A man whose life revolves around food has himself discriminating tastes. His most memorable food experience occurred the first time he had foie gras done correctly.
“I’d had foie gras in school and at a couple of other places, but then I went to a nice restaurant and the chef made it for me with sautéed onions, strawberries and sweet wine.”
Because His Life Wasn’t Busy Enough . . .
In addition to being at the helm of his kitchen, Chef Aaron, along with Casa Marina GM Mark Vandeloo, are joint owners of ZETA Brewing Company, a Jacksonville Beach craft brewery and restaurant, opened in May 2012 and located one block from the beach.
Brewmaster Chris Prevatt, an old chef friend of Chef Aaron’s, started as a homebrewer. After attending All Saints Brewing Company, followed by Chicago’s Siebel Institute of Technology, his skill as a brewer preceded him. Aaron and Mark wanted to do something on the side and they came up with the concept of ZETA. Chris was brought on as the brewmaster and he’s been there since.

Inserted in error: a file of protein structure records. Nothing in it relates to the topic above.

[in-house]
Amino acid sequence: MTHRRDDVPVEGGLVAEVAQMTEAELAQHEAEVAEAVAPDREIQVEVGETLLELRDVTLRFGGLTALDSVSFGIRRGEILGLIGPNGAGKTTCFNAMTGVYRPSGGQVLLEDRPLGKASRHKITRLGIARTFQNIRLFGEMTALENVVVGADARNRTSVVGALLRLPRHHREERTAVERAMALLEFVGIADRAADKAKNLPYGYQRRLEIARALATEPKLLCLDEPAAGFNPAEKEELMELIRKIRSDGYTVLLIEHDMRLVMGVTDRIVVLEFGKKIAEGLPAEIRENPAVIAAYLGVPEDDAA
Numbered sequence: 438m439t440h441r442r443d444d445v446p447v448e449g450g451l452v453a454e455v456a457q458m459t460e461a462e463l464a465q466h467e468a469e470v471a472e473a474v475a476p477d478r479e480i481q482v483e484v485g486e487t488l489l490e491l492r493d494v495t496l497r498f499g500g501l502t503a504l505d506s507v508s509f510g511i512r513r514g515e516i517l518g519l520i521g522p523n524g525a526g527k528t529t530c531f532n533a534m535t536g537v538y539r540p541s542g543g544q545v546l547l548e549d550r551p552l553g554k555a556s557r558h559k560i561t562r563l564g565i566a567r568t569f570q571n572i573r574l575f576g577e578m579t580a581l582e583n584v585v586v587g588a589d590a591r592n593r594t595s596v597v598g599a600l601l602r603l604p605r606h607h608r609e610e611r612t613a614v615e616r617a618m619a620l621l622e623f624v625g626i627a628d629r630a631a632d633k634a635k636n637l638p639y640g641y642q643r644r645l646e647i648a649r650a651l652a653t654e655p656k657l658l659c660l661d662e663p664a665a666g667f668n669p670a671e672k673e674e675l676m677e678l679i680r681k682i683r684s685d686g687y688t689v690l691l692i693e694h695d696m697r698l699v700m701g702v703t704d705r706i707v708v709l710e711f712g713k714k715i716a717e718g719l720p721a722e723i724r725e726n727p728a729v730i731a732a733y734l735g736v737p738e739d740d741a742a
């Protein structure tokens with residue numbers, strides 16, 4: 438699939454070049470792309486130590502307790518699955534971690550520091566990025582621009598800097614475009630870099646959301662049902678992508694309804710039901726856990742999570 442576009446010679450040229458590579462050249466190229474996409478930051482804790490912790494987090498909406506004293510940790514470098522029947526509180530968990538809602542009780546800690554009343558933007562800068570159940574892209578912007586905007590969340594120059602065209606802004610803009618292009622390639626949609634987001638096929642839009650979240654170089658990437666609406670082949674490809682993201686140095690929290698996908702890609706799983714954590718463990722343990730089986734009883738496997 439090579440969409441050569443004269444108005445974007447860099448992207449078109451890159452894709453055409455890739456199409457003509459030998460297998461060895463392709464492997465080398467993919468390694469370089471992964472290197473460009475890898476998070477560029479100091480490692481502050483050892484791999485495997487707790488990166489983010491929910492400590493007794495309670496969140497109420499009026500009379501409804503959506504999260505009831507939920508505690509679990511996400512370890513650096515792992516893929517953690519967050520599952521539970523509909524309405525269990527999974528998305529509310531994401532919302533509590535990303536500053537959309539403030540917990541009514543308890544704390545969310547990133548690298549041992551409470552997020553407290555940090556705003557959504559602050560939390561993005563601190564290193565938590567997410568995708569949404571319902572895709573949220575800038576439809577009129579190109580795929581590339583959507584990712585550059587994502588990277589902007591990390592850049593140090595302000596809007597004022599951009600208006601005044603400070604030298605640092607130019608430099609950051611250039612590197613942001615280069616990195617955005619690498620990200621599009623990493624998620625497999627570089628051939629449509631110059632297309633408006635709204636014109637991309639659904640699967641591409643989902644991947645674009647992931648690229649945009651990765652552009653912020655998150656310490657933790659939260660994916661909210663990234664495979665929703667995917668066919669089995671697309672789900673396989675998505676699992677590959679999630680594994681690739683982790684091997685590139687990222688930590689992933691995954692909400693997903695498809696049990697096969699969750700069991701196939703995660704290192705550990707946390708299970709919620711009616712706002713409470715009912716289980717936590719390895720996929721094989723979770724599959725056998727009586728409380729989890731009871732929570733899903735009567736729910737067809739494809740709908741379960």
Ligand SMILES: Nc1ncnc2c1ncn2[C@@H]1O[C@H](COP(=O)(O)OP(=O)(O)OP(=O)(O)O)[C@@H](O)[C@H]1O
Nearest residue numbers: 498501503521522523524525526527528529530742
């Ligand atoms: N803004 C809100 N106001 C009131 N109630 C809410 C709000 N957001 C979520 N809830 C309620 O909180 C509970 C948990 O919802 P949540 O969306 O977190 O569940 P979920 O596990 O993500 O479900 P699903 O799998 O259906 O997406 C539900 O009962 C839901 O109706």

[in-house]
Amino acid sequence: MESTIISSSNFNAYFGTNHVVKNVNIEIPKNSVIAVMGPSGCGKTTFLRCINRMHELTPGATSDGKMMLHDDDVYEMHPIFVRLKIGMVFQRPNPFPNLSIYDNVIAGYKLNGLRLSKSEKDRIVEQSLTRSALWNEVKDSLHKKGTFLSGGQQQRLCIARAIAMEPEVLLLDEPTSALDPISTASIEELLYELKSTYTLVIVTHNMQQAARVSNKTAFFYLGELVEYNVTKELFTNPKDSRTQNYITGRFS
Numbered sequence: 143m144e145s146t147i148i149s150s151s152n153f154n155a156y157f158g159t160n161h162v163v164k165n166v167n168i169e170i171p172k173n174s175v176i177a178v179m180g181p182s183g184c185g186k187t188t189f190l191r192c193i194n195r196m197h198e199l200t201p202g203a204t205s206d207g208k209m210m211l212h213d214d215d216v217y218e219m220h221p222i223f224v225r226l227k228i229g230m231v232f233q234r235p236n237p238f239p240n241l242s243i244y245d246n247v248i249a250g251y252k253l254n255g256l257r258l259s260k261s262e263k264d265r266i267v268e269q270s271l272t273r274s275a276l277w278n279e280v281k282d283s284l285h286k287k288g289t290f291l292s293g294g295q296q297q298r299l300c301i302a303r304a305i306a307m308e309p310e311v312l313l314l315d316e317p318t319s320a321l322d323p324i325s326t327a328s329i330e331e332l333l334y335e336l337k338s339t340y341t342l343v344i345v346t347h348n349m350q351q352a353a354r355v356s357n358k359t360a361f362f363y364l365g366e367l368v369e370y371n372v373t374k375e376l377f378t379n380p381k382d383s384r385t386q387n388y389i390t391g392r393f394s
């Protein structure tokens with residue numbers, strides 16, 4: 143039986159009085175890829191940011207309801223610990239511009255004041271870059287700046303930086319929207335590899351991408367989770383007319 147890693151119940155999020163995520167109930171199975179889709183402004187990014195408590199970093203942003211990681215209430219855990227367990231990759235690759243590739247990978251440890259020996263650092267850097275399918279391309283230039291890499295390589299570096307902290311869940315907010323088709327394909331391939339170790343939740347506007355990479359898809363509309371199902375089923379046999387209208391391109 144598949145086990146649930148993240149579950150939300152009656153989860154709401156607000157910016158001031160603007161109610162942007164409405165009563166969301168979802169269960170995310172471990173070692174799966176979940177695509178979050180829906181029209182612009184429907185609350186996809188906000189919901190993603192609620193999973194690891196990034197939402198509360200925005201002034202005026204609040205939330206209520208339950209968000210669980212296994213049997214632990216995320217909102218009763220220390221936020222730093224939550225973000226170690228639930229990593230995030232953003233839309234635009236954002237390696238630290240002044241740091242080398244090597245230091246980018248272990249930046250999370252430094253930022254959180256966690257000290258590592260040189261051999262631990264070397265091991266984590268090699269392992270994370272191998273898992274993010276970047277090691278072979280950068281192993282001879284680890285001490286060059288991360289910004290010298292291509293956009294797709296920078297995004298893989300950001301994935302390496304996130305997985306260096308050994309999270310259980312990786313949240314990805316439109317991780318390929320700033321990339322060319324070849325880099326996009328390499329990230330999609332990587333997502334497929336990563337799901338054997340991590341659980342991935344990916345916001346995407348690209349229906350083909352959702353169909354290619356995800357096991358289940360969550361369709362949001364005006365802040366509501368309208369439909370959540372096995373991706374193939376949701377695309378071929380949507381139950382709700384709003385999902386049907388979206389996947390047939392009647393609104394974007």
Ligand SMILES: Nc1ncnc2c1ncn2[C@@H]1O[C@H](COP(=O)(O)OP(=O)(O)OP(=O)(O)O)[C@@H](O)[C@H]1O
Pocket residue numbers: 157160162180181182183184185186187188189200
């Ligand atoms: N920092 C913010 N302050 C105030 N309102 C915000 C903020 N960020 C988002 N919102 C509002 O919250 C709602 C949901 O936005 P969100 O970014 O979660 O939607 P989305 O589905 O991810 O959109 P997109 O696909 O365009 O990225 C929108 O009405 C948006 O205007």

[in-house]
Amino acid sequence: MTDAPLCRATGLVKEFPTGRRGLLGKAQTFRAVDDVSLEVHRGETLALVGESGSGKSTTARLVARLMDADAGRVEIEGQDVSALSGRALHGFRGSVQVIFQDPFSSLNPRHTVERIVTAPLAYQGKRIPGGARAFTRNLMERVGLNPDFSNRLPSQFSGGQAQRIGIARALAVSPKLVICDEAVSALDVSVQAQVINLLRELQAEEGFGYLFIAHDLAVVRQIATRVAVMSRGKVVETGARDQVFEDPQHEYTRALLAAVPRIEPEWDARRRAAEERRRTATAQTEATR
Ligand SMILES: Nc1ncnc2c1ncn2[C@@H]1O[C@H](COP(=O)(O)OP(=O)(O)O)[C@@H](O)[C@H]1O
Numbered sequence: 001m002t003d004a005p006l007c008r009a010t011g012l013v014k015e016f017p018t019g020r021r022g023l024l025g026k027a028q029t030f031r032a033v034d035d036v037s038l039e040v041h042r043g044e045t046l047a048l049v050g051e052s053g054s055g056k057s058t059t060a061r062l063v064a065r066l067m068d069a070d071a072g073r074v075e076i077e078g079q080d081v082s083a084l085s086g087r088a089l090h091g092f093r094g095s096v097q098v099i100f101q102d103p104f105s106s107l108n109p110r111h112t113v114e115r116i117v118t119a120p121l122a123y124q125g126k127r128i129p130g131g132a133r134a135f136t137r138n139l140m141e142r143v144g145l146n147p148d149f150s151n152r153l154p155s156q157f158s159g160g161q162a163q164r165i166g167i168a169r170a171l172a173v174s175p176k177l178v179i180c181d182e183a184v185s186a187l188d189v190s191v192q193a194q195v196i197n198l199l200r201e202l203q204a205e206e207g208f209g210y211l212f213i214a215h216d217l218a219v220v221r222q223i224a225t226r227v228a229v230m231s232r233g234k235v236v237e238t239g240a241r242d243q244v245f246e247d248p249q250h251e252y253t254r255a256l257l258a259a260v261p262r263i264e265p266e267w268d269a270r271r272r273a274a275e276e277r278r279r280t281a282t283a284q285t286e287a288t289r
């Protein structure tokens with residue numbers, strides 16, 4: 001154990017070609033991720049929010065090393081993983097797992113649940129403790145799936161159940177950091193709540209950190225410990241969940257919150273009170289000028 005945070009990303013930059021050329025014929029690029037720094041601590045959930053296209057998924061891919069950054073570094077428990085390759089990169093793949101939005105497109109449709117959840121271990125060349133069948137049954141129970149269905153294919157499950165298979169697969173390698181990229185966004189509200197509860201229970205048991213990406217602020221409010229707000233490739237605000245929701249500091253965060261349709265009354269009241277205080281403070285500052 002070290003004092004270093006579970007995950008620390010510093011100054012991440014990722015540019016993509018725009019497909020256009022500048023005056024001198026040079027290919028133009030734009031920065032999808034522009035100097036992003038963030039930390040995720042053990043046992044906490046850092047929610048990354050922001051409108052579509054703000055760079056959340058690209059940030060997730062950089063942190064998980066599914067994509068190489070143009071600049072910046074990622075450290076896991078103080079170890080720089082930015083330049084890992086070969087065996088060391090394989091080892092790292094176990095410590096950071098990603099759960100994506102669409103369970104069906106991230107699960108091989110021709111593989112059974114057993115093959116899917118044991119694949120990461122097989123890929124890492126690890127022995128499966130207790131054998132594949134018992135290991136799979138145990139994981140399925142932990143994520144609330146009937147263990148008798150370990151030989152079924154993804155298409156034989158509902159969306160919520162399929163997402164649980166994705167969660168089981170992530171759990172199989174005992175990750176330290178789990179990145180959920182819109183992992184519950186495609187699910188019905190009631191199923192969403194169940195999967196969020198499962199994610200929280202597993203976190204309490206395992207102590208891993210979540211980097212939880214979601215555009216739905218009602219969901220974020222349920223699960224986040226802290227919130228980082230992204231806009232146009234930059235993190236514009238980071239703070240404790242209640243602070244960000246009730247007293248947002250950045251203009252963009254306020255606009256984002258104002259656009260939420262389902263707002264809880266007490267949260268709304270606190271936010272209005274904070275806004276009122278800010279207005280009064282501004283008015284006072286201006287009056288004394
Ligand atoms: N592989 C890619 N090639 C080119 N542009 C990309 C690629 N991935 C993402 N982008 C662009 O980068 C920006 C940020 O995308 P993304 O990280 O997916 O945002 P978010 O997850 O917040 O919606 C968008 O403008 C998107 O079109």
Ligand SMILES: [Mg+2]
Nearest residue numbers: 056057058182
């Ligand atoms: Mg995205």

ZETA keeps about six beers at a time on the menu. The four mainstays are the lager, wheat, IPA and porter.
Lest you get confused, ZETA isn’t just about the brew. There’s also great food to go along with the suds. Chef Aaron formulated ZETA’s menu, hired a great young chef, Josh Claypool, and let go of the reins.
When you’re in the mood for a good made-to-order burger, ZETA doesn’t disappoint. Choose the standard ZETA Burger or build your own. Lovers of the sea will worship the Mahi Sandwich. Don’t overlook the tacos, specialty pizzas, jumbo wings or flatbreads, either.
Life Outside the Kitchen
When asked what took him from Atlanta to Jacksonville Beach, his voice took on an “aww shucks” quality.
“I met a girl.” That girl, Kortney, eventually became his wife.
In his downtime, the husband and father of two likes to surf, engage in beach activities and tries to go fishing as much as he can. His fishing excursions include his sons Cannon, 10 and Jude, 12.
If the culinary world had not been his calling, Chef Aaron likely would have become a musician.
“Before I went to culinary school, I planned on teaching music. I played brass instruments, marched with the drum corps, learned music theory and had hopes of one day playing in a symphony.”
For now, Chef Aaron Webb’s culinary opus is a symphony in its own right.